Am I the only one with the weird sense that we'll one day see this same sort of documentary montage, replete with headlines like "Sarkozy Says Burka 'Not Welcome' in France" and "Belgian MPs Vote to Ban Islamic Burqa in Public" and "French Parliament Codemns Full Islamic Veil" in the buildup of Time-Life's 2050 offering "THE CLASH OF CIVILIZATIONS: the European Tinderbox in the Great West-v-Islam Culture War"?
Oh, I am? Well, don't mind me.
(So long as we're on the subject, I should link to this interview in Globalia Magazine with the brilliant Olivier Roy. His first answer, which I'll reproduce here in full, deals with precisely this subject.)
The debate in Europe has shifted in some 25 years (a whole generation) between immigration and the visible symbols of Islam. Which creates a paradox: even people who were opposed to immigration acknowledge now that the second and third generation of migrants are here to stay and that Islam has rooted itself within Europe. So now the debate is about the status of Islam. And here we have a strange phenomenon: while anti-immigration feeling is mainly associated with the conservative right, anti-Islamic sentiment is to be found on both the left and the right, but for two very different reasons. For the right, Europe is Christian and Islam should be treated as a tolerated, albeit inferior religion. There is (unfortunately) no way to ban it (because of the principle of “freedom of religion”, inscribed in our constitutions, international treaties and UN charter), but there are means to limit its visibility without necessarily going against the principle of freedom of religion (for instance the European Court of Human Rights did not condemn the banning of the scarf in French schools). For the left, the issue is more generally secularism, women’s rights and fundamentalism: it opposes the veil, not so much because it is Islamic, rather because it seems to contradict women’s rights. Hence the debate on IslamTake a look.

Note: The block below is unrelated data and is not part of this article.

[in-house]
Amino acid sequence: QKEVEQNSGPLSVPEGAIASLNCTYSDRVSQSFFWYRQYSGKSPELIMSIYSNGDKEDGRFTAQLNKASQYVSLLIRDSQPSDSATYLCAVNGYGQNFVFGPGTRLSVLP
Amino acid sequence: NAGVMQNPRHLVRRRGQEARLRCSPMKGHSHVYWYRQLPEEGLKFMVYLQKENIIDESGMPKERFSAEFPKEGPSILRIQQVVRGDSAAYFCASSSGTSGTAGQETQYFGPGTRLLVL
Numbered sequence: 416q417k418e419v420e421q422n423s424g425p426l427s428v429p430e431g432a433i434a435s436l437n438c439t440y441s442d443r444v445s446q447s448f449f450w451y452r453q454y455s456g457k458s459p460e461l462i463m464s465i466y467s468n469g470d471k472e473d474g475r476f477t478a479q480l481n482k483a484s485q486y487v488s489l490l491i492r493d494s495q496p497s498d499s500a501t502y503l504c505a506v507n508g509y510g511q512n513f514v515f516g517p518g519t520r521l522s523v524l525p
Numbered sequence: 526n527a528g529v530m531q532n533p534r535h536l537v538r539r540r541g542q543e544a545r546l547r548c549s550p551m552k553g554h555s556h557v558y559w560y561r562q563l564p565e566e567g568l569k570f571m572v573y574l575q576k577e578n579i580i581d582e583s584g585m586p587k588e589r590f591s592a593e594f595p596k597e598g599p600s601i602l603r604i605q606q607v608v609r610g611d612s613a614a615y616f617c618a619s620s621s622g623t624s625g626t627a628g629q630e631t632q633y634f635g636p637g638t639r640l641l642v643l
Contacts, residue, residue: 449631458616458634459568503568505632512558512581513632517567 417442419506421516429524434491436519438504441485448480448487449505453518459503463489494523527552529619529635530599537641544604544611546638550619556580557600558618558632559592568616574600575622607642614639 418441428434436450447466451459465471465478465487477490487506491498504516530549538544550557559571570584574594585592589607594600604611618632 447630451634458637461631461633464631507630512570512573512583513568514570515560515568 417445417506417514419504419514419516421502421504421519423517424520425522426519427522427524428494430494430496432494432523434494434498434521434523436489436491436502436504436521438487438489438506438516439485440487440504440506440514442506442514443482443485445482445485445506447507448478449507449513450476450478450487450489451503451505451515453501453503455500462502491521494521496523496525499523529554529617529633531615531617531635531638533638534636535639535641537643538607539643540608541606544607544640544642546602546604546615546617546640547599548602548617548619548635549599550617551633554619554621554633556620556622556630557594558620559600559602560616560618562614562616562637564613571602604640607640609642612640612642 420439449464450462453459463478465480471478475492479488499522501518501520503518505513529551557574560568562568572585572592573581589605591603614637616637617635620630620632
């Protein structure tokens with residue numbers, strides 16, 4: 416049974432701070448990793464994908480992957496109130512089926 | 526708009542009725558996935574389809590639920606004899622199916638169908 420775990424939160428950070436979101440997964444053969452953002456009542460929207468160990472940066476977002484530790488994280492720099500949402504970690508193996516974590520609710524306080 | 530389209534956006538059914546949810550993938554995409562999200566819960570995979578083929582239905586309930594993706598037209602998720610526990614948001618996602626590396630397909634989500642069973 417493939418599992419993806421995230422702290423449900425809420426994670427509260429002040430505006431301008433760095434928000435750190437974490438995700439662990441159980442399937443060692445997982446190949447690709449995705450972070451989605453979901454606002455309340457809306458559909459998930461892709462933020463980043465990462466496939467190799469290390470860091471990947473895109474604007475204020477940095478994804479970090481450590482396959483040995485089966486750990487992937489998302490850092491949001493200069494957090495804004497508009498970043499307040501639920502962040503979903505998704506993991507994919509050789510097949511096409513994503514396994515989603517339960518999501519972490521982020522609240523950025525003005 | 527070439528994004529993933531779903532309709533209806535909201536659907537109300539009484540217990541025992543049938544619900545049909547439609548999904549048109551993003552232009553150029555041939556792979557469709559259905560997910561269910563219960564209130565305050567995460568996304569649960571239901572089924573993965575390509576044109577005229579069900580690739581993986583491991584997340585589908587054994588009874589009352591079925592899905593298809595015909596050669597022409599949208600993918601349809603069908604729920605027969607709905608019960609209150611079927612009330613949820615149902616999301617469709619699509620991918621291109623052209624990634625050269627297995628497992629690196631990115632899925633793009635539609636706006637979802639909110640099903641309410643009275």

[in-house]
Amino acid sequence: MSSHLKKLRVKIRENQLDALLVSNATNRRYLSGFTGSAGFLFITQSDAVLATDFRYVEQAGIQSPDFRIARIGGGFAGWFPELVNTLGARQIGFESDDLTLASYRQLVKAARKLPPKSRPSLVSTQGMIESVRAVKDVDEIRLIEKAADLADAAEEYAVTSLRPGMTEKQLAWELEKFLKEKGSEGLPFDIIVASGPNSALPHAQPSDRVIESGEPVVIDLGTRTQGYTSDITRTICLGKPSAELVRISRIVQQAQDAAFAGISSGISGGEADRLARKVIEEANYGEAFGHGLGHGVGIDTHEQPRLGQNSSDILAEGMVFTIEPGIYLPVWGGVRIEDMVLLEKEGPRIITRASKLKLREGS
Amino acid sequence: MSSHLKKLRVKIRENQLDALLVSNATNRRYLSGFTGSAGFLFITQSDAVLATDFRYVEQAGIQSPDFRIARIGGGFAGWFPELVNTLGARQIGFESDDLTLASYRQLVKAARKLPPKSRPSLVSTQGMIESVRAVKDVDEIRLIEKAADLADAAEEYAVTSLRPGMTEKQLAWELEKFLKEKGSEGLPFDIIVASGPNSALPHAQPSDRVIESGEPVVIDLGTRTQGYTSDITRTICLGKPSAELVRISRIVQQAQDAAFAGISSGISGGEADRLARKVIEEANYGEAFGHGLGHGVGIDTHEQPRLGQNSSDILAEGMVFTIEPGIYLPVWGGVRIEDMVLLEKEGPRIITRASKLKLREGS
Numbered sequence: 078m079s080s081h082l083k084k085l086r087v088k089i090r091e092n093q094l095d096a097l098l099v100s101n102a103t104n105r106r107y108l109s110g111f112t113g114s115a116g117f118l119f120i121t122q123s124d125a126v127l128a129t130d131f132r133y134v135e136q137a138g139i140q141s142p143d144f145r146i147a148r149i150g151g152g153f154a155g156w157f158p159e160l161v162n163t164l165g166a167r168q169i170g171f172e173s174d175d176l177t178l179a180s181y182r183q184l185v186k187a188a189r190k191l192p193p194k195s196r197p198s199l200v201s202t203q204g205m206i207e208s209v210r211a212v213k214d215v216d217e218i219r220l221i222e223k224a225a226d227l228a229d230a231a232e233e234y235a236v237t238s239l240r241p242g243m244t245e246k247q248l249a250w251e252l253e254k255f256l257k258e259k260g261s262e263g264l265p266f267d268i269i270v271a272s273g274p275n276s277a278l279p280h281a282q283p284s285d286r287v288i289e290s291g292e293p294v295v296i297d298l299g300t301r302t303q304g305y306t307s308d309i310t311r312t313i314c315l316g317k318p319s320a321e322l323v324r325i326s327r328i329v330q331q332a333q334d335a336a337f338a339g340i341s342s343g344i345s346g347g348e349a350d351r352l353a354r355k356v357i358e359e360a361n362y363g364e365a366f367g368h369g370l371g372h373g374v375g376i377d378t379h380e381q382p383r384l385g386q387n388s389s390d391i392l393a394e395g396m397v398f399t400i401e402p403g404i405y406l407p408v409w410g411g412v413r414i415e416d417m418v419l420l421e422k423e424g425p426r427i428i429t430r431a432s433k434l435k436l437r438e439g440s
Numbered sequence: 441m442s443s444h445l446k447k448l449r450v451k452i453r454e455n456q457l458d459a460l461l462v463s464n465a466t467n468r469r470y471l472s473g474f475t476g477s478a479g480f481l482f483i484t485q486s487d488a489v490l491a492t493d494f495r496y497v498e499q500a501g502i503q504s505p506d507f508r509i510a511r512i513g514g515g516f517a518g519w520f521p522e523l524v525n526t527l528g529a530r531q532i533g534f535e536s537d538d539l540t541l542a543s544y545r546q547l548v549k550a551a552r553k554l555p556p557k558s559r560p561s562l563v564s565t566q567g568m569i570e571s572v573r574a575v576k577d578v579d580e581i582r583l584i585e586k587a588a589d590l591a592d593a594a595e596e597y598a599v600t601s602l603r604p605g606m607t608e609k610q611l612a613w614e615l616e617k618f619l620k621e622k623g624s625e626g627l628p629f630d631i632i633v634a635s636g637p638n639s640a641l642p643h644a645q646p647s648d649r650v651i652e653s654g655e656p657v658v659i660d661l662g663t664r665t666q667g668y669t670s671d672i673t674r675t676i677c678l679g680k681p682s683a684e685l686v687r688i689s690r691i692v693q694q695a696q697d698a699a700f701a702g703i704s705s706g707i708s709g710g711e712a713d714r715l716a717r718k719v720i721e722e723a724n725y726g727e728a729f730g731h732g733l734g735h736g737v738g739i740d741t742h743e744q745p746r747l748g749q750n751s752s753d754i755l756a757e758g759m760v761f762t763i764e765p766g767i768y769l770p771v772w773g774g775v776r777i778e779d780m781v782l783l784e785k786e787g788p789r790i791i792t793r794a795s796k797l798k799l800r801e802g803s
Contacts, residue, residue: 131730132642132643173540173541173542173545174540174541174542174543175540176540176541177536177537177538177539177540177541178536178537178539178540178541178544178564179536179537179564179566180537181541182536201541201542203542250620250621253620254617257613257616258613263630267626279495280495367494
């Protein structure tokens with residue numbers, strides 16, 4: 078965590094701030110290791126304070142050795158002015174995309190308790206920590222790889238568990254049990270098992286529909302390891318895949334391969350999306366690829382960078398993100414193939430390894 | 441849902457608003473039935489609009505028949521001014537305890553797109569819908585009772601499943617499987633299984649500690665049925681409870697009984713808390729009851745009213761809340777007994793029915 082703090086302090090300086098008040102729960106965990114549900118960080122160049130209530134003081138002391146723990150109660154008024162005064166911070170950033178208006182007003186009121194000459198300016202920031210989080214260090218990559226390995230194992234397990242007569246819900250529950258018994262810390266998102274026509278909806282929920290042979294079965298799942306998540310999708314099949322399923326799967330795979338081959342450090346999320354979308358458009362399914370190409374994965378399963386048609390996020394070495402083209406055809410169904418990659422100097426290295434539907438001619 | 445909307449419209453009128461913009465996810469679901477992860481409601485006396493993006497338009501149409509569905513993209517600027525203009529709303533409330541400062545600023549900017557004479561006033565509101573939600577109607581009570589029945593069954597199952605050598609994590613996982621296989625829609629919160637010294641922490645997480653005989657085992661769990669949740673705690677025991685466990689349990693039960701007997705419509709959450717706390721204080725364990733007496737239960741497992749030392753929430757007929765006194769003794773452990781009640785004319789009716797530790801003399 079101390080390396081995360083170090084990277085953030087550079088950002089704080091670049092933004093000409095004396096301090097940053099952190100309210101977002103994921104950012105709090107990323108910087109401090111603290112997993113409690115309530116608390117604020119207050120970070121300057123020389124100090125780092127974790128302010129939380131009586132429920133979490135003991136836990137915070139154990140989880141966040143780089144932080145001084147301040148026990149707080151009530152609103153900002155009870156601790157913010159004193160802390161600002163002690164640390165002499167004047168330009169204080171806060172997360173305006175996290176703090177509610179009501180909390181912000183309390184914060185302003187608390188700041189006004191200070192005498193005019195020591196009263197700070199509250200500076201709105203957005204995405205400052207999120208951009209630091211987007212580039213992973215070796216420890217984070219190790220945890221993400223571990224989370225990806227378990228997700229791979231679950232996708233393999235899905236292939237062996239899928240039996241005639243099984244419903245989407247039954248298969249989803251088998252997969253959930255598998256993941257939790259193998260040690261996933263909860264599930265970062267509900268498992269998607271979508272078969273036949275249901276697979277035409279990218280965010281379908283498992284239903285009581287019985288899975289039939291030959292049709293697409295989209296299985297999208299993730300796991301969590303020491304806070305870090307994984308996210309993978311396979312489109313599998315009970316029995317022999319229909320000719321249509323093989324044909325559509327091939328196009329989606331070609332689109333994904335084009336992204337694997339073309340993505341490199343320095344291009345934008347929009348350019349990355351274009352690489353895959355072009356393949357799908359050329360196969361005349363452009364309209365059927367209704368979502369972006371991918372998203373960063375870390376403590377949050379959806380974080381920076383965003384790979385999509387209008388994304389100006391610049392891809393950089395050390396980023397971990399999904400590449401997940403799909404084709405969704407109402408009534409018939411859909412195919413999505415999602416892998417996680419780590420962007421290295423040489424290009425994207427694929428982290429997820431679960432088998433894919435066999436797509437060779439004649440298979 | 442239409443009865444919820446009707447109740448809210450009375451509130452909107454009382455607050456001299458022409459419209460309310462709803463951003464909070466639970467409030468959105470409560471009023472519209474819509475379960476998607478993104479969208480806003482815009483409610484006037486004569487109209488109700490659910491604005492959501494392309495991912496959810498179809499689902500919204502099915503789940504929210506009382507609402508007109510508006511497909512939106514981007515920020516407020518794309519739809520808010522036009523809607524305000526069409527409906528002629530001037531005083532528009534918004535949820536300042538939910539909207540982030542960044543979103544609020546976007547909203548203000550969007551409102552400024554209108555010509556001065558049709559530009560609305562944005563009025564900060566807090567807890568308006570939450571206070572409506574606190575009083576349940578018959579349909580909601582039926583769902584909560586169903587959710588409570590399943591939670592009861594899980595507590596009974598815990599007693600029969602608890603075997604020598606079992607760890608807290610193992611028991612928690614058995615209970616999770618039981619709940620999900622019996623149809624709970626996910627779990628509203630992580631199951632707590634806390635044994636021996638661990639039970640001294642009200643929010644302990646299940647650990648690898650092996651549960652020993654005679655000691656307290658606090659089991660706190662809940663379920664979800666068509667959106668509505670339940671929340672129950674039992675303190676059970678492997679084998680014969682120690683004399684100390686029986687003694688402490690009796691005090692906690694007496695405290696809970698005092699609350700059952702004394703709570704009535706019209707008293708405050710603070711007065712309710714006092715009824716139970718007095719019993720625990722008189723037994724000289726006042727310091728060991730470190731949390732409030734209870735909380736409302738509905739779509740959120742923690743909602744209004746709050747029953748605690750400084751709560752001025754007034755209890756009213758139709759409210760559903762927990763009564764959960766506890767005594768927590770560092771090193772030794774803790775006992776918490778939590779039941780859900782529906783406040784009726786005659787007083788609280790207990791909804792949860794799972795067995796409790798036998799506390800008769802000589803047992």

disguises a far more complicated issue: what is a European identity, and what is the role of religions in Europe; and of course, on these two issues the left and the right take very different positions. But we are witnessing the rise of new populist movements (like Geert Wilder’s In Holland) mixing both approaches, basically siding with the right but using leftist arguments.